There's always a lot of talk each season about college football coaches on the hot seat.
But what about players?
We often forget that it's the guys in pads and helmets that have to go out there and actually perform to ensure that “W.”
With the 2012 college football season finally upon us, let's look at the players who might be feeling a little extra pressure to dazzle in Week 1—or else risk disappointing thousands and possibly even finding someone else's name ahead of their own on next week's depth chart.
Once again, Florida State seems to find itself near the top of the college football world.
The Seminoles start the 2012 season as the No. 7 team in the land, and they are clearly the top ACC program with a chance to challenge the SEC dominance this year.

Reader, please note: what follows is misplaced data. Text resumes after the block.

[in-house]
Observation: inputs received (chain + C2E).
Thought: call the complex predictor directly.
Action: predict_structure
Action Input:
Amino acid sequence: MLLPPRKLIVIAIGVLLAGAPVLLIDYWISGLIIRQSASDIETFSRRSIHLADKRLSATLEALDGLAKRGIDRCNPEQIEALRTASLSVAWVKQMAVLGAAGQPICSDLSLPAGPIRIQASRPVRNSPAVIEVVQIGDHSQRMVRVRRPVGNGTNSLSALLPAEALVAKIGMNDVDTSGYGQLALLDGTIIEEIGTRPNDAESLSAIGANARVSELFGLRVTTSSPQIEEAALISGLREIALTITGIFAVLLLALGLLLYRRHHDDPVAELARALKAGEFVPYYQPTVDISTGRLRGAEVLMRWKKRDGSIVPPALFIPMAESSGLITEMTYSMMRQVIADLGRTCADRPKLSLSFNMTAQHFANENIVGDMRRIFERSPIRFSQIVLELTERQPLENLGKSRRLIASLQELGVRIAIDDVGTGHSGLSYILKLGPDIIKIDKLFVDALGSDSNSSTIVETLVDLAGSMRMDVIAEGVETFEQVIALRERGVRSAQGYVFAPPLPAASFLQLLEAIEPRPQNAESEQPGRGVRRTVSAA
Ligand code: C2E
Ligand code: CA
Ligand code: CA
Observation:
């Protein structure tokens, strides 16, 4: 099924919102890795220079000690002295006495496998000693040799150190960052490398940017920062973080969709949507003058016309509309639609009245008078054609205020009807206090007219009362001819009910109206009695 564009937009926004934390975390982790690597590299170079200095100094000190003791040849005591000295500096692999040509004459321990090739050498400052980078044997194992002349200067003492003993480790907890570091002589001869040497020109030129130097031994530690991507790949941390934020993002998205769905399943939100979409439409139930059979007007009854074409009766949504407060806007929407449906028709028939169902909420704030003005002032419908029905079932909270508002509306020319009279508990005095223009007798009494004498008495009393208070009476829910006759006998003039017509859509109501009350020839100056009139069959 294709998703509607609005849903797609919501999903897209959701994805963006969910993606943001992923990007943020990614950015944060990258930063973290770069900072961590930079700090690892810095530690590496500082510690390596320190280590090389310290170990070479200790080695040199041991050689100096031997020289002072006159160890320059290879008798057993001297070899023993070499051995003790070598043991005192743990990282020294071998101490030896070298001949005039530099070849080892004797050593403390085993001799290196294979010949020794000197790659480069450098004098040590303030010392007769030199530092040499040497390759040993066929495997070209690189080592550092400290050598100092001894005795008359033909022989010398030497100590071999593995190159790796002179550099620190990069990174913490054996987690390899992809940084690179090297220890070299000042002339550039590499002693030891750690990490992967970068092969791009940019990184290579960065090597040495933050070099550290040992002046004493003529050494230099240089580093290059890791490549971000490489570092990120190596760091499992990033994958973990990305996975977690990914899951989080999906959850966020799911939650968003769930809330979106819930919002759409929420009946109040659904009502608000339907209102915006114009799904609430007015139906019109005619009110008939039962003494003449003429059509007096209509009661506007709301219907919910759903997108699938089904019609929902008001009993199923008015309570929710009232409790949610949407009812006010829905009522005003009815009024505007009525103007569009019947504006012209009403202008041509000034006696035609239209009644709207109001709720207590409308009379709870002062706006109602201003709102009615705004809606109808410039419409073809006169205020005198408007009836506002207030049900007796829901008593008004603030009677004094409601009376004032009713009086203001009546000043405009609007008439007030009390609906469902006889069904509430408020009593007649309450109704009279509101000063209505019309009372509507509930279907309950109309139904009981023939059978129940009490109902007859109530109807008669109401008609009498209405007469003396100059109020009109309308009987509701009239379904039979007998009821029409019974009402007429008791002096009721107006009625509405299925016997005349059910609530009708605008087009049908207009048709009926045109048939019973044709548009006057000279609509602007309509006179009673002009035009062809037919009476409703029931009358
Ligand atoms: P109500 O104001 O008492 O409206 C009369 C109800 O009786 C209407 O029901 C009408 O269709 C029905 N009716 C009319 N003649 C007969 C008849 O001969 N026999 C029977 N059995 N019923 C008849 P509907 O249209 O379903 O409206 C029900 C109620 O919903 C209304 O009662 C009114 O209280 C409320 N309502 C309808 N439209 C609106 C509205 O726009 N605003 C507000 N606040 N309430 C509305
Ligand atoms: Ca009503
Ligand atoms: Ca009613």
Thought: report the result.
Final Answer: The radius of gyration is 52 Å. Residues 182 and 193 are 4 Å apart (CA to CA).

But will the 'Noles be able to do the unthinkable, especially when you consider how high everyone was on FSU last season and the eventual result?
It's hard to blame any one person for Florida State's collapse last season, as injuries took their toll on the team. Florida State eventually finished 9-4, edging out Notre Dame in the Champs Sports Bowl.
But staying healthy is part of the game, right?
Florida State may be the deepest its been in recent memory, and we might even go so far as to call the Seminoles SEC-esque in that regard this year. But depth only gets you so far. E.J. Manuel will have to get the team the rest of the way.
Florida State will face FCS Murray State in Week 1, the first of two FCS opponents in the first two weeks (sad, we know).